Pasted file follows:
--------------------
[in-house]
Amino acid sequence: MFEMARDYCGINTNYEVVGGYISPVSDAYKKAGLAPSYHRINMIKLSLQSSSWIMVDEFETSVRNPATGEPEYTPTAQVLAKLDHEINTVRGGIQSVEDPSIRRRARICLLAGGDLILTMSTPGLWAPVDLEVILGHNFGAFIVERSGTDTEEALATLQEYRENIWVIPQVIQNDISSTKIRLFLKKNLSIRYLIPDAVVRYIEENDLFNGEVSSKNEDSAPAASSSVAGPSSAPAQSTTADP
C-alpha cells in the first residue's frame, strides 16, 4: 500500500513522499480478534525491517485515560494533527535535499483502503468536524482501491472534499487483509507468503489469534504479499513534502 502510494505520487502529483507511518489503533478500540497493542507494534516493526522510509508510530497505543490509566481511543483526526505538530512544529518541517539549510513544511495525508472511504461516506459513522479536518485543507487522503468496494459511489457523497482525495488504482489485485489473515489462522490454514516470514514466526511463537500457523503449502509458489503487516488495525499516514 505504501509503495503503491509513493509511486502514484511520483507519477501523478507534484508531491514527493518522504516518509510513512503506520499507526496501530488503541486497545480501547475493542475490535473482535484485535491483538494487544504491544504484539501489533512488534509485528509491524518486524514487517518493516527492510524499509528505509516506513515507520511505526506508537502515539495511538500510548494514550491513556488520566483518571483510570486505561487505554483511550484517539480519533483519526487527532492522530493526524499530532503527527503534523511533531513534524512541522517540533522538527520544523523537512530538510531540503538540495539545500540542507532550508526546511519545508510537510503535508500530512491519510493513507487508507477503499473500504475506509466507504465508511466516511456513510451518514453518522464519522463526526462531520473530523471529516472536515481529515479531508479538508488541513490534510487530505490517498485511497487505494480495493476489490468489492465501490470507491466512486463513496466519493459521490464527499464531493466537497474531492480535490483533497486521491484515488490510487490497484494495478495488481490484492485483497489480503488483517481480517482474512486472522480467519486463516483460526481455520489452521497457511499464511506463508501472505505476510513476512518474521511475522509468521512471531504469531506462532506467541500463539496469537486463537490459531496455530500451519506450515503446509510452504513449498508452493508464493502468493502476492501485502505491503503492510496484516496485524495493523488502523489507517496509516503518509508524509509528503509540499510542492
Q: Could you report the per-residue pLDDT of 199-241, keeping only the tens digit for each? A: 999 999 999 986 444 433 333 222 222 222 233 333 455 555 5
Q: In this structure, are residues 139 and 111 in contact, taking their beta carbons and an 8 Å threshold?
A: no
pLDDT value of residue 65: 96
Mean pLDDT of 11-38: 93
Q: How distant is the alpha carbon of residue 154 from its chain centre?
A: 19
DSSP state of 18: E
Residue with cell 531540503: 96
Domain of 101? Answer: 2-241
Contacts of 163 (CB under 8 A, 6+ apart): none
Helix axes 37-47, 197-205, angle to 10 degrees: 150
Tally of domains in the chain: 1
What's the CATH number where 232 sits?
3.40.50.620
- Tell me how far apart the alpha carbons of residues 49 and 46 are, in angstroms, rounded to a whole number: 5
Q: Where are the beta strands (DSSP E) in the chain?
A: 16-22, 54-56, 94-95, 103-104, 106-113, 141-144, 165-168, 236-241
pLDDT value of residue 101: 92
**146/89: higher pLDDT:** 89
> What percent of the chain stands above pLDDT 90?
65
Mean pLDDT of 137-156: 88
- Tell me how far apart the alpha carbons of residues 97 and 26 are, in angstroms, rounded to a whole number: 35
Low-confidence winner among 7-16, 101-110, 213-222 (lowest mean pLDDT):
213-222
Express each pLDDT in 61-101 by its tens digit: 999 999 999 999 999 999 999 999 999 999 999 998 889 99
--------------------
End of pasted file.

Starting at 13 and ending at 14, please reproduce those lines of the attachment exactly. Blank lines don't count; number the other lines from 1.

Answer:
Domain of 101? Answer: 2-241
Contacts of 163 (CB under 8 A, 6+ apart): none